Dessert is an indulgence, not a necessity and people are always looking for the "best price". As a home based business, assuming you get the appropriate licensing and business liability insurance, people are going to expect you to be much less expensive than a commercial bakery. Our bakery prices custom design cakes and we usually come in higher than the home bakers (my costs are higher); people go on the cheapest price not the highest quality.

And as for the comment about people being out of work and trying to feed their family - how am I any different? I'm an independent bakery owner, with commercial expenses (rent, utilities, insurance, pest control mandated by the health dept, grease trap cleaning also mandated by the health dept) in addition to my personal expenses. I'm in the same boat.
 
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Hi dectra,

1) I find your posts to be informative, honest, and interesting.

2) Jcakes pretty much took the words out of my mouth.
Not only doI have to earn for my family, but I have to honour my commercial lease, pay my rent, and in my City, commercial property taxes are a whopping 433% higher than residential property taxes, and I’m not getting any breaks from the bank, landlord, or the c(sh)ity, so yes, I have a right to earn as well. Since I’m paying what three levels of gov’t demands of my business, I feel my rights supersede the rights of someone who purposely flouts the demands the various gov’ts place on businesses.

I meant what I said in my second post about customers— If you charge 6 bucks for a home made cake, they’ll want it for $4.50 the next time. I’ve spent many, many years “educating” customers on why I charge the prices I do, and when a home based bakery starts dealing I find myself explaining more and more to customers why I can’t sell for half price, and why I can’t “ just forget about the taxes” I’m forced to generate and collect.

I hope I’m making sense, and I hope you can read between the lines how much pressure all three levels of gov’t place on small businesses.
 
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Not only doI have to earn for my family said:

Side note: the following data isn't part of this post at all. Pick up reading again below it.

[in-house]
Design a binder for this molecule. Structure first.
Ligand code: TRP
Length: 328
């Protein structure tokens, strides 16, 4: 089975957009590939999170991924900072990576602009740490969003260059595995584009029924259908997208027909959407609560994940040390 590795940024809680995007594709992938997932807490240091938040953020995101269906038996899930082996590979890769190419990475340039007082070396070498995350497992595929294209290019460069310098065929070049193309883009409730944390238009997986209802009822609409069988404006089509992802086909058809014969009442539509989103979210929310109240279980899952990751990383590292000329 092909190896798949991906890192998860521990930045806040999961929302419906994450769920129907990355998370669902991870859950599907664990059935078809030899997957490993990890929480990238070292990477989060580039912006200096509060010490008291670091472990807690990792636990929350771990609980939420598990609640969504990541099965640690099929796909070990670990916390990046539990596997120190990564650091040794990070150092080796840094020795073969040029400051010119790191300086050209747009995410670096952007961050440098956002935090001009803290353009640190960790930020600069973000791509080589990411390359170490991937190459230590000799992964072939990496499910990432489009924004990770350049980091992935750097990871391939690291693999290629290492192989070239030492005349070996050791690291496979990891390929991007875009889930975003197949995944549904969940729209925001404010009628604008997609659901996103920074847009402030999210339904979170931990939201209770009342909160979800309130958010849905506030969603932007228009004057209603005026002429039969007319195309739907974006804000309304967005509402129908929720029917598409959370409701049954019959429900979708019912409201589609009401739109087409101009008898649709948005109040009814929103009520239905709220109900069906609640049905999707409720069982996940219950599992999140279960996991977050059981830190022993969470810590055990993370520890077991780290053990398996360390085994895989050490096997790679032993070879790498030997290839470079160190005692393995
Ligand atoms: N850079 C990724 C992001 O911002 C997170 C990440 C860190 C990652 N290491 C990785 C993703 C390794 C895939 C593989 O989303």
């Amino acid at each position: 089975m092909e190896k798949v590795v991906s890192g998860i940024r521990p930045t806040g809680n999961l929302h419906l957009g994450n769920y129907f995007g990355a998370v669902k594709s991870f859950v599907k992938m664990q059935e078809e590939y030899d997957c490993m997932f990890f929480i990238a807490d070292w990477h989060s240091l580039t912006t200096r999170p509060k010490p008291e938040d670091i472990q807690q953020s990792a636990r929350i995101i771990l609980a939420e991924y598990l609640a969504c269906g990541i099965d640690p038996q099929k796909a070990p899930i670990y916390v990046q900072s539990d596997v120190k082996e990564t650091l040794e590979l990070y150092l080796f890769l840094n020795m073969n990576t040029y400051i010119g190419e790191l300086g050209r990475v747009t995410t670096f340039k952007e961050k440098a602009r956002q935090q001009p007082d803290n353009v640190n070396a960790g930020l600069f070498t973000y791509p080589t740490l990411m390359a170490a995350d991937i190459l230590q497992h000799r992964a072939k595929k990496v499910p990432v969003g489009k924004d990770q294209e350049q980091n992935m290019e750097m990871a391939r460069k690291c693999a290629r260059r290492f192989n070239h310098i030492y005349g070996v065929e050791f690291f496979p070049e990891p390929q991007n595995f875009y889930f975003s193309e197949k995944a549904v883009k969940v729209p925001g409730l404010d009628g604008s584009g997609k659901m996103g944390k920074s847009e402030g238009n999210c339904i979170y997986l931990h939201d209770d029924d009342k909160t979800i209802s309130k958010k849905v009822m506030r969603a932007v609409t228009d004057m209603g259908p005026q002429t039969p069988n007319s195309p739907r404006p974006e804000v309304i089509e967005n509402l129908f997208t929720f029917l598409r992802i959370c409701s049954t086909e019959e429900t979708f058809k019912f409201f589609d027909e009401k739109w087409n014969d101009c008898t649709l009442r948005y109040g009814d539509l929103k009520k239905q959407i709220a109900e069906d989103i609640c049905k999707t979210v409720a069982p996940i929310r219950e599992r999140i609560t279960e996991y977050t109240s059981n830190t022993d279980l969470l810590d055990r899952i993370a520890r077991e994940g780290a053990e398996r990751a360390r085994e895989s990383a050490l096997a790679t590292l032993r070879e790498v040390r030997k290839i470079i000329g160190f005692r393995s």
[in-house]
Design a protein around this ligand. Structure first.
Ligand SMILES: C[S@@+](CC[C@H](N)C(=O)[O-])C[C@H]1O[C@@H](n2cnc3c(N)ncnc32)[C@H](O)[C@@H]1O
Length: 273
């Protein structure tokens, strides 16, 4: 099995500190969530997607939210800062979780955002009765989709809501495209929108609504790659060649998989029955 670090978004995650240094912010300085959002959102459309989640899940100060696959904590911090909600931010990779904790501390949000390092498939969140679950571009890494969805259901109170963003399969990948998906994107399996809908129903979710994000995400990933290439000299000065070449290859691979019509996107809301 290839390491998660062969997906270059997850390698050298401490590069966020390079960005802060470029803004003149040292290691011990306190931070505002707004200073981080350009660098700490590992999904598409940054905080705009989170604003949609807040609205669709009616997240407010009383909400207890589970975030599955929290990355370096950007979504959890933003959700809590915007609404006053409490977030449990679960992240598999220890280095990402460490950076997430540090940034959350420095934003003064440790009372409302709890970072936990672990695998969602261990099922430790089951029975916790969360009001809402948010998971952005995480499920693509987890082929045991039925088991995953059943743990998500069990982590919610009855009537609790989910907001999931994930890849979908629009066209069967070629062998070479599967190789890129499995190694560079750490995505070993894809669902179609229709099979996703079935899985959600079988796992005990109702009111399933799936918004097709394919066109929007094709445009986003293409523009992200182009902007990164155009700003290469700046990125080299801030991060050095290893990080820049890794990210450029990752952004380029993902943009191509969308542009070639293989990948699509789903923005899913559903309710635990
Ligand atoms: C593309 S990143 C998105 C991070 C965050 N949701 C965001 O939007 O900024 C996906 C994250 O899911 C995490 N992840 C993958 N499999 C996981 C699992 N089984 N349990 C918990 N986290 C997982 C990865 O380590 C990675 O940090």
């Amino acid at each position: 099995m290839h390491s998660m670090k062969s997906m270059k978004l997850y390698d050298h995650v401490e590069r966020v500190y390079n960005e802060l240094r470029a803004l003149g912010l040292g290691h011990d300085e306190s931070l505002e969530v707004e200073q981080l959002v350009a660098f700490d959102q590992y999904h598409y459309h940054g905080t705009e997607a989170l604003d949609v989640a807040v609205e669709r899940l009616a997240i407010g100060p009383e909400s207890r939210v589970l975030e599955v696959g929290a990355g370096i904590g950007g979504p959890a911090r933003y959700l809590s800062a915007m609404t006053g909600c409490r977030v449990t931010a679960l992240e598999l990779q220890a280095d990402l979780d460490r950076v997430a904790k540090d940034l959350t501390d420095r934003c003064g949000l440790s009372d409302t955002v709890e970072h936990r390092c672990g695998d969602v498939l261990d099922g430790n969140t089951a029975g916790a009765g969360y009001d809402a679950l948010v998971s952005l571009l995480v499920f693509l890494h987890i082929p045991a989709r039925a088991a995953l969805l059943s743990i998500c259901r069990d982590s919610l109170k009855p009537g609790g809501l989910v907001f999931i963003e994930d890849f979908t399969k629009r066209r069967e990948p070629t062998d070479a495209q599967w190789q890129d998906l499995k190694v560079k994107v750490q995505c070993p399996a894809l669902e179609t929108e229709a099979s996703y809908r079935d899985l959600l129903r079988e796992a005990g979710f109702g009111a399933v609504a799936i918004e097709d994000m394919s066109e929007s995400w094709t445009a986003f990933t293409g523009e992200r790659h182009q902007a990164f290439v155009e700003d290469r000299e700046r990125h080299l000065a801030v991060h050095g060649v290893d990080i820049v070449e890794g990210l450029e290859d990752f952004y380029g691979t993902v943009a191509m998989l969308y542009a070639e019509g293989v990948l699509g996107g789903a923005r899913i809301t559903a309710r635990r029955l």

I get it. I really do.

You, like me and everyone else is trying to "earn" in this time of calamity. I also completely understand the "commercial cost" aspect you're in.

I spent 14 years in a Hotel Kitchen, working under an owner who was clueless of what had to happen in that kitchen to make good, respectable food *and* cover cost *and* turn a profit. It absolutely SUCKED....the owner was without understanding of how food was put on a plate, the time and effort we put in, or (God Forbid) what life behind the line was truly like.

That is completley different from a guy trying to cover his mortgage, health insurance, or to even keep a roof over his head by selling a few cheesecakes from his house.

In the end, I tend to see folks trying to eeek out a living as doing just that: Survive. They aren't truly the competition, the restaurant down the block IS the guy I'm trying to pull customers from.
 
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Hi dectra,

I guess I didn’t explain myself clearly enough, let me try again

When you call the police or fire, you expect them to show up.

When you send your kids to school, you expect the teachers to be paid.

When you flush you toilet, you expect it to flush—no backups.

All of these things are paid for by taxes, and the majority of these taxes are generated and collected by businesses.

When someone purposely bypasses the legitimate way of doing business, the taxes still have to be paid, and gov’ts just lean harder on the legitimate businesses to cover lost tax revenue from the non- legitimate businesses.

There’s a big difference between baking a cake for Aunt Sally’s 75 th b day and Uncle Frank slips you $50 to cover ingredients and a case of beer, and someone actively soliciting cheesecake business “without all that overhead”. There’s a difference between someone selling a used lawnmower on Craigslist, and someone buying 50 lawnmowers across the border, smuggling them in, and selling them at $300 a pop from the back of a truck on a Friday afternoon “ without all that overhead”.

The point I’m trying to make is that the o.p. Is purposely trying to bypass all the criteria needed for a legitimate business, because he knows he can beat legitimate businesses prices, and yet wants to charge as much as a legitimate business.
Be that as it may, the cops and firemen need paying, the teachers need paying, and the sewer workers need paying, and the various gov’ts will just lean harder on the businesses for more money.